434 F2d 738 Hawkins v. United States
434 F.2d 738
Ted Harvey HAWKINS, Defendant-Appellant,
UNITED STATES of America, Plaintiff-Appellee.
United States Court of Appeals, Fifth Circuit.
December 9, 1970.
Samuel P. Love, Jr., Shreveport, Court-Appointed Counsel, for defendant-appellant.
Ted Harvey Hawkins, pro se.
Donald E. Walter, U. S. Atty., R. Perry Pringle, Asst. U. S. Atty., for plaintiff-appellee.
Before RIVES and SIMPSON, Circuit Judges, and NICHOLS*, Judge of Court of Claims.
This appeal is from a judgment of conviction for violating the Dyer Act, 18 U.S.C. § 2312, transporting or causing to be transported in interstate commerce a stolen motor vehicle, then knowing same to have been stolen. The appellant urges a reversal for one or more of six claimed errors, which we have considered both separately and as a whole and have found them insufficient to warrant reversal. A brief statement follows.
1. Failure of the district court to appoint counsel for the indigent defendant prior to the hearing before the United States Commissioner. The defendant was advised by the Commissioner of the nature of the charge against him and of his right to counsel and that, if he were unable to employ counsel, the court would appoint counsel to represent him. After such advice, the defendant voluntarily elected to execute a written waiver of that right as to the hearing before the Commissioner. Clearly the defendant had a right to waive counsel. 28 U.S.C. § 1654; Fed.R.Crim.P. 44; Roeth v. United States, 5 Cir. 1967, 380 F.2d 755; Lee v. State of Alabama, 5 Cir. 1968, 406 F.2d 466.
2. The refusal to allow defense counsel to personally examine each prospective juror upon voir dire. The district court has broad discretion in the conduct of the voir dire examination, and may itself conduct the examination, of the prospective jurors. Rule 24(a), Fed.R.Crim.P.; 3 Wright Federal Practice & Procedure § 381. There is no showing that the district court refused to make proper inquiry or to ask any question submitted by the defendant or his attorney. There is no showing that the district court in any way abused its discretion.
3. The sufficiency of the evidence of the ownership of the vehicle and of the alleged theft. The record discloses that the evidence was ample and practically conclusive.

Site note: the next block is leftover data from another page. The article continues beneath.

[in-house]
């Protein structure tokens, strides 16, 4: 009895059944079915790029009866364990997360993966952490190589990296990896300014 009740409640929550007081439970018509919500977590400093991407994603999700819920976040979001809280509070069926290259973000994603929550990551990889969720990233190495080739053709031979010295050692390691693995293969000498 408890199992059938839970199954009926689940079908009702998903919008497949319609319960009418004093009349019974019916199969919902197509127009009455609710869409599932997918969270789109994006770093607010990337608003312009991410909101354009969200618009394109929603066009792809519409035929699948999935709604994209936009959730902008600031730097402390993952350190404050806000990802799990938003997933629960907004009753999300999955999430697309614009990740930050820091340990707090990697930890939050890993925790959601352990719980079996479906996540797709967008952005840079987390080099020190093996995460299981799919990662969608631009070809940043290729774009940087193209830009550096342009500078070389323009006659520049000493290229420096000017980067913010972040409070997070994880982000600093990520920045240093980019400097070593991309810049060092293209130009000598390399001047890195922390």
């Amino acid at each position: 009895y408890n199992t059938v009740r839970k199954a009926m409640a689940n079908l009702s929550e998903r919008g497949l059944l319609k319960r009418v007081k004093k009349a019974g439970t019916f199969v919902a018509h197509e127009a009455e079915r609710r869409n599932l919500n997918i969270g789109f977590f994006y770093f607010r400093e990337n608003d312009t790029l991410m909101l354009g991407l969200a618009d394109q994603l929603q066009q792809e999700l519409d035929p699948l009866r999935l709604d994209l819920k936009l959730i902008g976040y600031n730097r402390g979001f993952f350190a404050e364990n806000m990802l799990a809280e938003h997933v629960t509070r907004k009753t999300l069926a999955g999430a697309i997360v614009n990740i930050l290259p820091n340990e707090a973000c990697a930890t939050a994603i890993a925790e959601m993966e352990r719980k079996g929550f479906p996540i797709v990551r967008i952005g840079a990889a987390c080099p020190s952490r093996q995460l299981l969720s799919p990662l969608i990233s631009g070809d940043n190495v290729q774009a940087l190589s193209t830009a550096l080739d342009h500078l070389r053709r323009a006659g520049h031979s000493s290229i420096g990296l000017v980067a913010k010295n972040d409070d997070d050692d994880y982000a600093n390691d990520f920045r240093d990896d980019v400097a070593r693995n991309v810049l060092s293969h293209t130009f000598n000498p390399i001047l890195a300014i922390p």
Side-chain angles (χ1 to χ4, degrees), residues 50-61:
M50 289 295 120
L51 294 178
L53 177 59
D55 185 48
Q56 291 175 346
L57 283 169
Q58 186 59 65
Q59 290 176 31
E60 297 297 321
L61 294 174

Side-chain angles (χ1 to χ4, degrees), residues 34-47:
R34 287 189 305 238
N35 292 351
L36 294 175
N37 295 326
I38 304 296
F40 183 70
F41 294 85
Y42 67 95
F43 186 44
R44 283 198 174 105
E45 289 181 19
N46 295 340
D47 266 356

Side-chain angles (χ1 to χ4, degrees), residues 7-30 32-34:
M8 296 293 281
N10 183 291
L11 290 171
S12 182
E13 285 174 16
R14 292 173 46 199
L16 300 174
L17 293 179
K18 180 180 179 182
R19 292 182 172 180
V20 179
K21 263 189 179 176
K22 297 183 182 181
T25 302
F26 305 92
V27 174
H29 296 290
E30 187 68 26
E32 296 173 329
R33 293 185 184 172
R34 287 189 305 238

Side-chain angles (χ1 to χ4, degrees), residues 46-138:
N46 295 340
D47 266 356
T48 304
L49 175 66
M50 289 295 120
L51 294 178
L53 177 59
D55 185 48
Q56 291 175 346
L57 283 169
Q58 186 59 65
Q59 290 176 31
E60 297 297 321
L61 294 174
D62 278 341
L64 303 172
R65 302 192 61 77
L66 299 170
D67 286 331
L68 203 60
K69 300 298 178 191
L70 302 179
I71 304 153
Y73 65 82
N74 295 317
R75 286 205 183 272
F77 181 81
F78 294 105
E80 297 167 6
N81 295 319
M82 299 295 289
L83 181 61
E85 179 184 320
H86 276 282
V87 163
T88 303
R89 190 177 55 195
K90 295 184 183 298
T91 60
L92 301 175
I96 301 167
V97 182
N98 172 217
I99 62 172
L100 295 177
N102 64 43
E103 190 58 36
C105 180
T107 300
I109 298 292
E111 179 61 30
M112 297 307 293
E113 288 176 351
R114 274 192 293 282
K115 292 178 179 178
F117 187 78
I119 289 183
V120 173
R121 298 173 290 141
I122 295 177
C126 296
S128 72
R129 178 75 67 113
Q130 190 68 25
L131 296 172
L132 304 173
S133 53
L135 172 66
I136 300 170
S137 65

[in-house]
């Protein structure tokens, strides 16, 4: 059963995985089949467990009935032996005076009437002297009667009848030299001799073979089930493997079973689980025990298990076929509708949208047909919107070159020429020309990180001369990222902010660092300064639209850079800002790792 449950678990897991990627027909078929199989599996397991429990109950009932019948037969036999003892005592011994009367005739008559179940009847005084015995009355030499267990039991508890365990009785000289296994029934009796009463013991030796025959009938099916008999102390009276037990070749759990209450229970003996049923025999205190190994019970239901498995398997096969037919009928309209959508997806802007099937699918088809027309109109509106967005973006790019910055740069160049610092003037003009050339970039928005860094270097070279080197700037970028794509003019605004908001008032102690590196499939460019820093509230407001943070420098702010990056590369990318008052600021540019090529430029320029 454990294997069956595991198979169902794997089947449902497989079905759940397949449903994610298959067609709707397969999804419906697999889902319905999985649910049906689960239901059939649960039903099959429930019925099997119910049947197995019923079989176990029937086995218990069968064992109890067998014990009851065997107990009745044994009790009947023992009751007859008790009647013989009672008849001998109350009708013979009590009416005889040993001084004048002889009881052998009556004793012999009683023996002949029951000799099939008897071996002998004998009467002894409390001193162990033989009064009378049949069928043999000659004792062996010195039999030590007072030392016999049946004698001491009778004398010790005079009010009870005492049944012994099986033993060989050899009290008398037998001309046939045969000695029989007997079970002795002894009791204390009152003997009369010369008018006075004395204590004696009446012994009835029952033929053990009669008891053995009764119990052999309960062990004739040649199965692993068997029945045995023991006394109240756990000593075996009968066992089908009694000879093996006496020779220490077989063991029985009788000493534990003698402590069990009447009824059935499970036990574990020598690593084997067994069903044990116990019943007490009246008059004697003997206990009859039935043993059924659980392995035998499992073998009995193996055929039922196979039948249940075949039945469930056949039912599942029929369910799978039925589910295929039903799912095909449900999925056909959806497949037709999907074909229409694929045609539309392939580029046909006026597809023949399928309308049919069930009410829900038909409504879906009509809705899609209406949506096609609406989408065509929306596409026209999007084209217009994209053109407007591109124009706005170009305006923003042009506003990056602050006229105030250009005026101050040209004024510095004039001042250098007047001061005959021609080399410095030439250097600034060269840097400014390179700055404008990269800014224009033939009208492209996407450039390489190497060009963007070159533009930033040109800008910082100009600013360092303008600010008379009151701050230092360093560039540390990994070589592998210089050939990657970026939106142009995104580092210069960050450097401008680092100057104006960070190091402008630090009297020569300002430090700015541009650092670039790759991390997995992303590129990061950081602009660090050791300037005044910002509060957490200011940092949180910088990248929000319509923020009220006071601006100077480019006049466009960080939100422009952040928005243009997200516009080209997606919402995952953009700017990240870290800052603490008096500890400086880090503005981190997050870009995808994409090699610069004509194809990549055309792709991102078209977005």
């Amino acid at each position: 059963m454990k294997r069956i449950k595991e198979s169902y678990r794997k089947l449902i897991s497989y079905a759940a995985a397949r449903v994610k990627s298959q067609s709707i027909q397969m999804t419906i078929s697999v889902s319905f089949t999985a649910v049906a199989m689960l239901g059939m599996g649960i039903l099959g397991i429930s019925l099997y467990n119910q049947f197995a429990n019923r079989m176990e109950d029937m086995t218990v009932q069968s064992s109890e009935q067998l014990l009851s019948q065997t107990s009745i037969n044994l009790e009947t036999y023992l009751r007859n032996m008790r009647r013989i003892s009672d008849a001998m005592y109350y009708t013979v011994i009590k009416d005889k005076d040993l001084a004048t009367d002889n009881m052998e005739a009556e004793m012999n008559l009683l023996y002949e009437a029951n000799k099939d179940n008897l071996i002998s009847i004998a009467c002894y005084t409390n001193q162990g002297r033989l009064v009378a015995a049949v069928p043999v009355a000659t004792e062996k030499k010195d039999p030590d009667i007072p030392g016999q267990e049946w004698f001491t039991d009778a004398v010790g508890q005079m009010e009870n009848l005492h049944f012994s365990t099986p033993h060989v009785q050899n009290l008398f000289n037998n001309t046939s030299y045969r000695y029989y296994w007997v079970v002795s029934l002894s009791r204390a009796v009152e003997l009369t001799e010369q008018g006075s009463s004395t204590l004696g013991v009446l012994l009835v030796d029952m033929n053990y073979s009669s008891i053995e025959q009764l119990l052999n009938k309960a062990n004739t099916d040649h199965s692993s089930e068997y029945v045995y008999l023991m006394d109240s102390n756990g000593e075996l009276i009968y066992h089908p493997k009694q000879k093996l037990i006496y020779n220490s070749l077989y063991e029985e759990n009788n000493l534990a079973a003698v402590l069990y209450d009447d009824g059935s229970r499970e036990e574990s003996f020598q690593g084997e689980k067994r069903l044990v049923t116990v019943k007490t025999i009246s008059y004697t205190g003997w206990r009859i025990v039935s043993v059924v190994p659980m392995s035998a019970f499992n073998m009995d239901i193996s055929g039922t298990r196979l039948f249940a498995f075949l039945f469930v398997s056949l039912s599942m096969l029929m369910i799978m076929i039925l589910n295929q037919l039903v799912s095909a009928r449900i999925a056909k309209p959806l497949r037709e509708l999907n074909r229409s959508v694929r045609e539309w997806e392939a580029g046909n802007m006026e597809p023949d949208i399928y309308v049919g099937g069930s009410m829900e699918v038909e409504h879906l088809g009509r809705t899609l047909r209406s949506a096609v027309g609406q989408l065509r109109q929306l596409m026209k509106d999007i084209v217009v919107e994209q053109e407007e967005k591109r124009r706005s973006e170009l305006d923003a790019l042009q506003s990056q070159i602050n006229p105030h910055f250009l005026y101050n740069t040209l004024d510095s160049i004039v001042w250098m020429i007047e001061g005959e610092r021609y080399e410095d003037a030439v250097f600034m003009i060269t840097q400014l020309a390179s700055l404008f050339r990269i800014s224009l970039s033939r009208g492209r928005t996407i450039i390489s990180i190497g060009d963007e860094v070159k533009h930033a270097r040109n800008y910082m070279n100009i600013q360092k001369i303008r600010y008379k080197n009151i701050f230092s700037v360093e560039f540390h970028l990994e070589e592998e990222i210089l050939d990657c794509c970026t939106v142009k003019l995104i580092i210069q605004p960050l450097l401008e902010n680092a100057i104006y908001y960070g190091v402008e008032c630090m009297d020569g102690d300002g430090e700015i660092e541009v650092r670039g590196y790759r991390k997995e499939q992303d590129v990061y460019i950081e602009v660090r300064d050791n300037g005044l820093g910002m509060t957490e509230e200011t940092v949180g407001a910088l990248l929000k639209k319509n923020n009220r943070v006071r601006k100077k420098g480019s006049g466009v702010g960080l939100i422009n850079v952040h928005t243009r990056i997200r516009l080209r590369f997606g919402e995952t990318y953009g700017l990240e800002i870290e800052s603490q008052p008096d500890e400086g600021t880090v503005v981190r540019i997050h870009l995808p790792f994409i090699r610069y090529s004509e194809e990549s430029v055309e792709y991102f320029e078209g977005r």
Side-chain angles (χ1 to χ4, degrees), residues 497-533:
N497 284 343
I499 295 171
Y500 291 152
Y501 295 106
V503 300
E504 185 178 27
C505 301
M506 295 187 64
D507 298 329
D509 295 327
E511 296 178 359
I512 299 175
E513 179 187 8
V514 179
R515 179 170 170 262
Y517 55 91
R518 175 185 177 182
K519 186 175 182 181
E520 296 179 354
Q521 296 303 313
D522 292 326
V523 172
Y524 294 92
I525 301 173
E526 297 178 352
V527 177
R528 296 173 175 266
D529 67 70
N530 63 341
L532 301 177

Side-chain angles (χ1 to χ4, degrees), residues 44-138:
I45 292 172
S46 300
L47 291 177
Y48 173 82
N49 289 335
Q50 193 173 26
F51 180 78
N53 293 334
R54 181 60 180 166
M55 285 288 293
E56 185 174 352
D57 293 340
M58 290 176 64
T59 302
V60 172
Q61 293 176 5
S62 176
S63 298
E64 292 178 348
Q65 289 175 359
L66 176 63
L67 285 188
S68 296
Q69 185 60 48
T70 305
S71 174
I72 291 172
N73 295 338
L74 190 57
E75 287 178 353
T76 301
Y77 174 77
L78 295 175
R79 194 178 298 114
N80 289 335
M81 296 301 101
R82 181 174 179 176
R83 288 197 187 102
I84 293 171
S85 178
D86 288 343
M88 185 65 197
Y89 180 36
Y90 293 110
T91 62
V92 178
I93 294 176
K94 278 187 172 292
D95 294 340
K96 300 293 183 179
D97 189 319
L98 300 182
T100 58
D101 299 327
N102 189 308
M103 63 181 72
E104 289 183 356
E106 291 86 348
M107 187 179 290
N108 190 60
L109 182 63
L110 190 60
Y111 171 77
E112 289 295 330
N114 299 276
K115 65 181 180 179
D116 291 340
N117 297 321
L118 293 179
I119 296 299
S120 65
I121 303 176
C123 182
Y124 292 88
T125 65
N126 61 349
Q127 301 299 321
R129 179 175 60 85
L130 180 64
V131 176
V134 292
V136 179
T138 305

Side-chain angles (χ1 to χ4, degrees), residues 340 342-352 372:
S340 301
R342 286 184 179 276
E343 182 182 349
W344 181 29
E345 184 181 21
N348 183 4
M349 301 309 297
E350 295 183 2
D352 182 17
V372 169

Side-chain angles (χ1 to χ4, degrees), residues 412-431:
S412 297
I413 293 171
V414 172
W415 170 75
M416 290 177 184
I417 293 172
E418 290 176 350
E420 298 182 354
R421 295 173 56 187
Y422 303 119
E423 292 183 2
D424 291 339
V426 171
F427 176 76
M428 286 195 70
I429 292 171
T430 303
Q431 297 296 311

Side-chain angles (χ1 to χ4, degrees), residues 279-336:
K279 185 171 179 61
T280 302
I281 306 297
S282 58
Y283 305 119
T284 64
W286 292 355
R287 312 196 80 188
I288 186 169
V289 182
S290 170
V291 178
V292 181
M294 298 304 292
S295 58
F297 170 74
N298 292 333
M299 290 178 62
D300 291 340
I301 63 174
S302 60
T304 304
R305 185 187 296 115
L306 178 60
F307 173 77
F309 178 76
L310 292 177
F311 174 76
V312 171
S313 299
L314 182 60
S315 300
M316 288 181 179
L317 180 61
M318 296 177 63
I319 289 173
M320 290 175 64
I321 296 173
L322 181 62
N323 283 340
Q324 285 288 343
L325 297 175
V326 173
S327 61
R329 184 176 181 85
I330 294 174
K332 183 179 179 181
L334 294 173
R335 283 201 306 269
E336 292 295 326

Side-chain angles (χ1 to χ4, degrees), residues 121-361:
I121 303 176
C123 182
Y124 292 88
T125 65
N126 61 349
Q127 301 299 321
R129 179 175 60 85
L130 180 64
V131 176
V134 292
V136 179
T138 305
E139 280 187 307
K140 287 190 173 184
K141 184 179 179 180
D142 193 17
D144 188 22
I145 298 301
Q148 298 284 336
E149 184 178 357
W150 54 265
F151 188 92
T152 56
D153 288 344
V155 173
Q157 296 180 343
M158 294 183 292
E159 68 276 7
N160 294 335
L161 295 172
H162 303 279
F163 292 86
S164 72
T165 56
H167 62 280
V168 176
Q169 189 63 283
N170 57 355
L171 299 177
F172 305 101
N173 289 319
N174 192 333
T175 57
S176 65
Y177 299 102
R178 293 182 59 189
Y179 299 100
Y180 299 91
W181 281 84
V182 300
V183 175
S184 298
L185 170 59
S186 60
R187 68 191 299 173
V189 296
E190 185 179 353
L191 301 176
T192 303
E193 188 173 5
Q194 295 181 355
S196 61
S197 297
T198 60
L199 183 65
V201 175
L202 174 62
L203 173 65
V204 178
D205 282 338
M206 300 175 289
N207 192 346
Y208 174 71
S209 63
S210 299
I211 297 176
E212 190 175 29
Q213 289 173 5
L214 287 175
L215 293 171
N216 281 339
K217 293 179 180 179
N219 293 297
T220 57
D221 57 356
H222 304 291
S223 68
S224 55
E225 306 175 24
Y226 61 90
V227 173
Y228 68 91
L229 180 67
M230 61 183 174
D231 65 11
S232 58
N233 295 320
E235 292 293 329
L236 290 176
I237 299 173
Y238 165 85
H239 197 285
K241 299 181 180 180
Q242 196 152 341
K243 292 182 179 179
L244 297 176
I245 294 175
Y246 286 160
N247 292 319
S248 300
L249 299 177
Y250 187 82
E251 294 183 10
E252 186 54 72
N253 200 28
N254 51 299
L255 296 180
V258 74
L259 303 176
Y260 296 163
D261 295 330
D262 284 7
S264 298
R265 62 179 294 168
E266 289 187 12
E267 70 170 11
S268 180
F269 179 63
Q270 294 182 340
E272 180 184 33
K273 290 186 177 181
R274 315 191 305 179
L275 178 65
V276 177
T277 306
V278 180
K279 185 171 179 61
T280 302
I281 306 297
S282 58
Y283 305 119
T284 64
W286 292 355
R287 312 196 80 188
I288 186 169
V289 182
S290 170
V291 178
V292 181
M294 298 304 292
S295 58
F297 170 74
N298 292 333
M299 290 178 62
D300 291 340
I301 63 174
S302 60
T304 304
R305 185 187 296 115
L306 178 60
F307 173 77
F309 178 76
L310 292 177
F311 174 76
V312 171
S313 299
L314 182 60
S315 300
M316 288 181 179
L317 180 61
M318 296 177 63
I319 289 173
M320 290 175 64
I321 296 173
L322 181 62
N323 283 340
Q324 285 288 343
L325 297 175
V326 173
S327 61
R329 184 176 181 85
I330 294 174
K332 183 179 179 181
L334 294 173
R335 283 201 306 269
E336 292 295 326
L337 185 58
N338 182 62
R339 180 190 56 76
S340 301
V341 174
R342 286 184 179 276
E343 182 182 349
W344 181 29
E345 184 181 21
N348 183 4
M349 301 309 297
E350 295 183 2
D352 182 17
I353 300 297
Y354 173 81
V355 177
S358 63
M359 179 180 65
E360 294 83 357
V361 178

4. The claim that the district judge allowed statements to be made before the jury inferring that a confession had been made by the defendant. The special agent for the FBI got no further than to identify the defendant and testify that he talked to him after informing him of his constitutional rights when the judge excused the jury from the courtroom. Thereafter, in the absence of the jury the judge ruled that the claimed confession was not admissible in evidence. When the jury returned to the courtroom, the judge stated to the jury:
"The jury is to infer nothing against the Government or against the defendant by the Court having brought up this matter just a moment ago. You will completely disregard the fact that Mr. Kelley did interrogate the defendant." (Tr. 114.)
Certainly it would have been better practice for the judge to pass upon the admissibility of the claimed confession before the witness took the stand in the jury's presence. Under the circumstances of this case, however, we find no reason to believe that the jurors failed to obey the admonition of the court or that there was any error prejudicial to the defendant.
5. Failure to grant the defendant's motion for judgment of acquittal. We find that there was sufficient evidence from which reasonable jurors could find beyond a reasonable doubt (1) that the car was stolen, (2) that the defendant transported it in interstate commerce, (3) that at the time of such transportation the defendant knew that the car had been stolen.1
6. Claimed error of the court in instructing the jury as to reasonable doubt. There was no objection to the court's charge, as required by Rule 30, Fed.R.Crim.P. On this subject the court charged at length (see Tr. pp. 134, 135). The appellant criticizes the following sentence of the instruction: "Proof beyond a reasonable doubt is established if the evidence is such as you would be willing to rely and act upon in the most important of your own affairs."2
We need not decide whether that sentence, considered alone, was error, for clearly, when considered with the rest of the charge, it was neither prejudicial nor such plain error under Rule 52(b), Fed.R.Crim.P., as would warrant reversal of the judgment of conviction. The judgment is affirmed.